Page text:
Are coronavirus diseases equally deadly?
By: Jiachuan Wu and Denise Chow
A coronavirus outbreak that emerged in China in December, and is now spreading into other countries, has sickened more than 90,000 people (mostly in China) and killed more than 3,000. Public health officials are racing to contain the pathogen, but this is not the first time the world has had to battle the spread of a novel coronavirus. Here's how the current situation compares to past epidemics.
The new coronavirus, which causes a disease called COVID-19, was first reported in Wuhan, China. It has now spread to more than 60 countries, including South Korea, Japan, Italy, Iran and the United States.
The source of the virus has not been confirmed, but early genetic analyses suggest that the pathogen likely originated in bats and was subsequently passed to an intermediate animal before spilling over into humans.
SARS, or severe acute respiratory syndrome, was first identified in November 2002 in the Guangdong province of southern China. The viral respiratory illness, caused by a coronavirus, spread to 26 countries in North America, South America, Europe and Asia before it was contained in July 2003.
The virus is thought to have spread likely from bats to civet cats — small mammals that resemble weasels — before the first human patient was infected.
During the outbreak, there were 8,098 reported cases of SARS and 774 deaths. Infections were primarily through person-to-person transmissions. No known cases of SARS have been reported since 2004, according to the Centers for Disease Control and Prevention .
MERS, or Middle East respiratory syndrome, was first reported in Saudi Arabia in 2012. The respiratory illness is caused by a coronavirus, a distant viral cousin to SARS. It spread to 27 countries in Europe, Africa, Asia and North America.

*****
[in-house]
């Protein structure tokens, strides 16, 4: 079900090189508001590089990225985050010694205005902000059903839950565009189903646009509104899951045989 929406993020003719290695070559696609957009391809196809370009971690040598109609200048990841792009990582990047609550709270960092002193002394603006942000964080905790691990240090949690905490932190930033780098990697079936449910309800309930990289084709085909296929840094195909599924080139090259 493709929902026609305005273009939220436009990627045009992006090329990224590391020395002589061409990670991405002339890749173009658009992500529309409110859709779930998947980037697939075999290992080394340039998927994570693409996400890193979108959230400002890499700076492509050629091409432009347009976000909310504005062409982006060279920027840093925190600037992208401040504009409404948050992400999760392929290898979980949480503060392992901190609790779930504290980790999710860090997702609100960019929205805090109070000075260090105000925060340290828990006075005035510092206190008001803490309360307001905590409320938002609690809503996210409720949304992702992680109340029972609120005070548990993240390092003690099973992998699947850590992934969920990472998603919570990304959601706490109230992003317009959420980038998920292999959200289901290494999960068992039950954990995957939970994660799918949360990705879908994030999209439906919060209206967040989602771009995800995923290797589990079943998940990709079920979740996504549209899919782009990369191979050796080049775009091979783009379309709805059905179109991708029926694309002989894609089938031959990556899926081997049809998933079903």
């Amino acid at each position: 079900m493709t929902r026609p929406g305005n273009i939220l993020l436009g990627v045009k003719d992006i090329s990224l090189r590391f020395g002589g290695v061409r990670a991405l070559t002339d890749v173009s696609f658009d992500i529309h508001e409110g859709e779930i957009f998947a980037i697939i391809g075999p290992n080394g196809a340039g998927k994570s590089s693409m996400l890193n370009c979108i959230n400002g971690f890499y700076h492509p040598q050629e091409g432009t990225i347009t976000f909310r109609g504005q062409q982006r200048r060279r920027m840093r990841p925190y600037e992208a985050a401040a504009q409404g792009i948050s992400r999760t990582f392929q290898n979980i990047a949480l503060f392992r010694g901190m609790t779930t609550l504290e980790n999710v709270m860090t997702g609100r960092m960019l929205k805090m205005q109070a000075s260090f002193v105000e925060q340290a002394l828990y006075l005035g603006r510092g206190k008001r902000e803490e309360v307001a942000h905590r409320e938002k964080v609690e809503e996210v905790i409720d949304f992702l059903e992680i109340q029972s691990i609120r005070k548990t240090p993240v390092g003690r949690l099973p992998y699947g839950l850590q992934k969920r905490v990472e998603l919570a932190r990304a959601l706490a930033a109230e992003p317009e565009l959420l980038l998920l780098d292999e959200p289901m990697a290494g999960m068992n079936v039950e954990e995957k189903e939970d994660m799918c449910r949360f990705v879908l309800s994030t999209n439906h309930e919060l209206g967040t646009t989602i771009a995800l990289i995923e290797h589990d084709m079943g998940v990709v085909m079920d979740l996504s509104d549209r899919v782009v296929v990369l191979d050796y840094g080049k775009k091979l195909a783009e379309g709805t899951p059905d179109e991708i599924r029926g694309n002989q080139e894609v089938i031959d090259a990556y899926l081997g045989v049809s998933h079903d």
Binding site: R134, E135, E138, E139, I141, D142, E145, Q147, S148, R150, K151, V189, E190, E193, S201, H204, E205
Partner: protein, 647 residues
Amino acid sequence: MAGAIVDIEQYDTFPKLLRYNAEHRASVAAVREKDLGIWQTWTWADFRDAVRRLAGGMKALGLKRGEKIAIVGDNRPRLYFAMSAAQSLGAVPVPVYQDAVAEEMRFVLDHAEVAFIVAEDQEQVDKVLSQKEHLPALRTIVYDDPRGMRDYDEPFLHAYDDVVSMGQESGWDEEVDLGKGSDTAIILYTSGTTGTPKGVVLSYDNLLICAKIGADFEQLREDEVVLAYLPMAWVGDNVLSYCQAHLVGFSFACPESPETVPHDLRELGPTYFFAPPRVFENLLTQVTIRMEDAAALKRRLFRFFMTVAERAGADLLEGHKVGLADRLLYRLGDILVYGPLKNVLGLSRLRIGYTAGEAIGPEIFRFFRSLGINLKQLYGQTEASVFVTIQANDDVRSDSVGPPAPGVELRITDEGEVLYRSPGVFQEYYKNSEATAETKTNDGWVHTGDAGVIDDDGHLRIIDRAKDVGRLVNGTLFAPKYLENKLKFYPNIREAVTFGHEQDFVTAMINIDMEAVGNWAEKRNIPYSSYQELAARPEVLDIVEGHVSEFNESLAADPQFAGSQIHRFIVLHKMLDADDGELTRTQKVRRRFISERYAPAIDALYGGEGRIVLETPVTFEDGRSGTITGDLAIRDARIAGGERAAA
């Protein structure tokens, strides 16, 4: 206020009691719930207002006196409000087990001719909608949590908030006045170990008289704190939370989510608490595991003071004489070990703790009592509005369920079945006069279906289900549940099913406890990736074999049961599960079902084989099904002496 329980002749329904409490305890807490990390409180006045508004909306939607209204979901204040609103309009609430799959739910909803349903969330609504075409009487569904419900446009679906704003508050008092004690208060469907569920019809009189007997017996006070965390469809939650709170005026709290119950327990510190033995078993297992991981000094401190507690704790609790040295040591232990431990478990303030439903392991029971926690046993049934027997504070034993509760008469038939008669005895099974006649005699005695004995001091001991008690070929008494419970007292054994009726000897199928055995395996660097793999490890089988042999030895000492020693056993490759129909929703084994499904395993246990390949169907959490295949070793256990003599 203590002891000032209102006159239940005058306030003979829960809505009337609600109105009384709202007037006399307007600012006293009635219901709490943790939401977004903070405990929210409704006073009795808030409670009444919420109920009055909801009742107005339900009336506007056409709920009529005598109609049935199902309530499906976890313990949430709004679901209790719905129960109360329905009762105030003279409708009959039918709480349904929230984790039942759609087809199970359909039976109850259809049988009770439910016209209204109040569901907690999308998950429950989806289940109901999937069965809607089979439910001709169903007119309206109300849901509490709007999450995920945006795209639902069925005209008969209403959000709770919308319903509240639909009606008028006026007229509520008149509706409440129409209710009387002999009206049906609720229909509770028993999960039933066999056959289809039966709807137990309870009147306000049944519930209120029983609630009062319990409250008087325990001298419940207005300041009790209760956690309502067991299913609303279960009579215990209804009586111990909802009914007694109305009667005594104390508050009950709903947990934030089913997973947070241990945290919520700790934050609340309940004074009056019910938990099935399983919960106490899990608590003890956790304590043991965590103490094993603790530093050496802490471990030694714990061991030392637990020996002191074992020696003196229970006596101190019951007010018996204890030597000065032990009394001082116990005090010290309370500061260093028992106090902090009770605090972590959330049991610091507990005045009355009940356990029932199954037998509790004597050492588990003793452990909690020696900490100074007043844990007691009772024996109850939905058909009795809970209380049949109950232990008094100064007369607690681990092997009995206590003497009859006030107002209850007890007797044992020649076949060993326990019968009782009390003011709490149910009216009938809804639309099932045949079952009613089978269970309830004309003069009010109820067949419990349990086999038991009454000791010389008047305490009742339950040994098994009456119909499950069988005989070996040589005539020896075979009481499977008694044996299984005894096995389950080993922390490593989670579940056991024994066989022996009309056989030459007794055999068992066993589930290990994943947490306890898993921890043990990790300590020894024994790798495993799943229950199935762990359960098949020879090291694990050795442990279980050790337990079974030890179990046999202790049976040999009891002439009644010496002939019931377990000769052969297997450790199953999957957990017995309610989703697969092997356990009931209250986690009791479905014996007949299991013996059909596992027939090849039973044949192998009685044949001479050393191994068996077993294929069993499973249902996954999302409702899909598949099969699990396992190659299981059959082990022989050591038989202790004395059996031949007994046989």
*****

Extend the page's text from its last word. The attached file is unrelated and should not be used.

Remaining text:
Like many coronaviruses, MERS is a zoonotic virus, which means it is transmitted between animals and humans. According to scientists, MERS most likely passed from bats into dromedary camels before jumping to humans.
Since 2012, there have been 2,494 reported cases of MERS, and 858 deaths from the virus. Infections occurred primarily from close human-to-human contact, according to the World Health Organization .
The new coronavirus appears to be less deadly than SARS, which killed around 10 percent of people who became infected. The SARS outbreak was contained within about six months, while the COVID-19 outbreak is only a few months old at this point. Approximately 35 percent of reported patients with MERS died, but there were significantly fewer cases than either SARS or COVID-19 during that outbreak.
Because the latest coronavirus outbreak is still unfolding globally, scientists don’t yet know the virus’ true fatality rate. On March 3, WHO Director-General Dr. Tedros Adhanom Ghebreyesus said that 3.4 percent of reported cases have died so far , but as the outbreak evolves, that number is likely to change.
The percentages below show the number of cases broken down by age groups. The COVID-19 numbers only represent reported cases from China through Feb. 11, 2020.
The new coronavirus is structurally similar to SARS, with the two viruses sharing about 80 percent of their genomes , according to Timothy Sheahan, an epidemiologist at the Gillings School of Global Public Health at the University of North Carolina.
Genetic analyses have also shown that the coronavirus has not undergone many significant changes since it first emerged in Wuhan. As viruses pass from person to person and spread into new geographical locations, it’s not uncommon for them to mutate to avoid dying out.
“It’s basically Darwinian evolution, where it’s survival of the fittest,” Sheahan said. “But if you already have a virus that is good at human-to-human transmission and good at replicating in a person, there’s no reason for it to get more fit.”